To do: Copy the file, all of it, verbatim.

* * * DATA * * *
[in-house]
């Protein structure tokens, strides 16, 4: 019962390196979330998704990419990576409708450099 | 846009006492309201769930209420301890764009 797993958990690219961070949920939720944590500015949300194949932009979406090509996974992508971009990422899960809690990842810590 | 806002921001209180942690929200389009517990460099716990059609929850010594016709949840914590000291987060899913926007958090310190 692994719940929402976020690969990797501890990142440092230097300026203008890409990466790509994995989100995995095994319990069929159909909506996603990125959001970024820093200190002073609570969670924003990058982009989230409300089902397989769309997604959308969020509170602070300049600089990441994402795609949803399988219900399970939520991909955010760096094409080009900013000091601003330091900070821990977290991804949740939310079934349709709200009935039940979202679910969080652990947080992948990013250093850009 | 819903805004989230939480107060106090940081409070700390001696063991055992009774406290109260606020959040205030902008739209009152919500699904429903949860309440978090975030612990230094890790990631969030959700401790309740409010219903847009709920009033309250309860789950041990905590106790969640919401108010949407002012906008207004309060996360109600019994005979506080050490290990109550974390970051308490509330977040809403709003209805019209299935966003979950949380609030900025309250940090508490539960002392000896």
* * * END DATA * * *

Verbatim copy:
[in-house]
């Protein structure tokens, strides 16, 4: 019962390196979330998704990419990576409708450099 | 846009006492309201769930209420301890764009 797993958990690219961070949920939720944590500015949300194949932009979406090509996974992508971009990422899960809690990842810590 | 806002921001209180942690929200389009517990460099716990059609929850010594016709949840914590000291987060899913926007958090310190 692994719940929402976020690969990797501890990142440092230097300026203008890409990466790509994995989100995995095994319990069929159909909506996603990125959001970024820093200190002073609570969670924003990058982009989230409300089902397989769309997604959308969020509170602070300049600089990441994402795609949803399988219900399970939520991909955010760096094409080009900013000091601003330091900070821990977290991804949740939310079934349709709200009935039940979202679910969080652990947080992948990013250093850009 | 819903805004989230939480107060106090940081409070700390001696063991055992009774406290109260606020959040205030902008739209009152919500699904429903949860309440978090975030612990230094890790990631969030959700401790309740409010219903847009709920009033309250309860789950041990905590106790969640919401108010949407002012906008207004309060996360109600019994005979506080050490290990109550974390970051308490509330977040809403709003209805019209299935966003979950949380609030900025309250940090508490539960002392000896």